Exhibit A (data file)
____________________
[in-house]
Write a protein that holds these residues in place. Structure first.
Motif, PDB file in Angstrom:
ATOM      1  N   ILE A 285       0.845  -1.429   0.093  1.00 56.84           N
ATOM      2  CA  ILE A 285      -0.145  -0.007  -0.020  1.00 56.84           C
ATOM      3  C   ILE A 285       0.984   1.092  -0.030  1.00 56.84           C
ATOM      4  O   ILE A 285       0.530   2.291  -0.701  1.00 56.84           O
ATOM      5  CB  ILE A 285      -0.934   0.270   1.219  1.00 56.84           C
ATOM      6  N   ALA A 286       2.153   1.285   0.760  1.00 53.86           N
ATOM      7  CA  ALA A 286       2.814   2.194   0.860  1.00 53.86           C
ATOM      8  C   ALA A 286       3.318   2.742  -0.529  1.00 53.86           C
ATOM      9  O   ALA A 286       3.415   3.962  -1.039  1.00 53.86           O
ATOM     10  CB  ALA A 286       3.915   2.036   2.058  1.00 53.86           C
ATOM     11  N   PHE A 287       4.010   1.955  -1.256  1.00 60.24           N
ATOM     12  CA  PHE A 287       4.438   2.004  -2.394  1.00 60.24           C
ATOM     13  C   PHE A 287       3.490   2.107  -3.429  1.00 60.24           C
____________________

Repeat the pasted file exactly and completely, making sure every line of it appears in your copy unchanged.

[in-house]
Write a protein that holds these residues in place. Structure first.
Motif, PDB file in Angstrom:
ATOM      1  N   ILE A 285       0.845  -1.429   0.093  1.00 56.84           N
ATOM      2  CA  ILE A 285      -0.145  -0.007  -0.020  1.00 56.84           C
ATOM      3  C   ILE A 285       0.984   1.092  -0.030  1.00 56.84           C
ATOM      4  O   ILE A 285       0.530   2.291  -0.701  1.00 56.84           O
ATOM      5  CB  ILE A 285      -0.934   0.270   1.219  1.00 56.84           C
ATOM      6  N   ALA A 286       2.153   1.285   0.760  1.00 53.86           N
ATOM      7  CA  ALA A 286       2.814   2.194   0.860  1.00 53.86           C
ATOM      8  C   ALA A 286       3.318   2.742  -0.529  1.00 53.86           C
ATOM      9  O   ALA A 286       3.415   3.962  -1.039  1.00 53.86           O
ATOM     10  CB  ALA A 286       3.915   2.036   2.058  1.00 53.86           C
ATOM     11  N   PHE A 287       4.010   1.955  -1.256  1.00 60.24           N
ATOM     12  CA  PHE A 287       4.438   2.004  -2.394  1.00 60.24           C
ATOM     13  C   PHE A 287       3.490   2.107  -3.429  1.00 60.24           C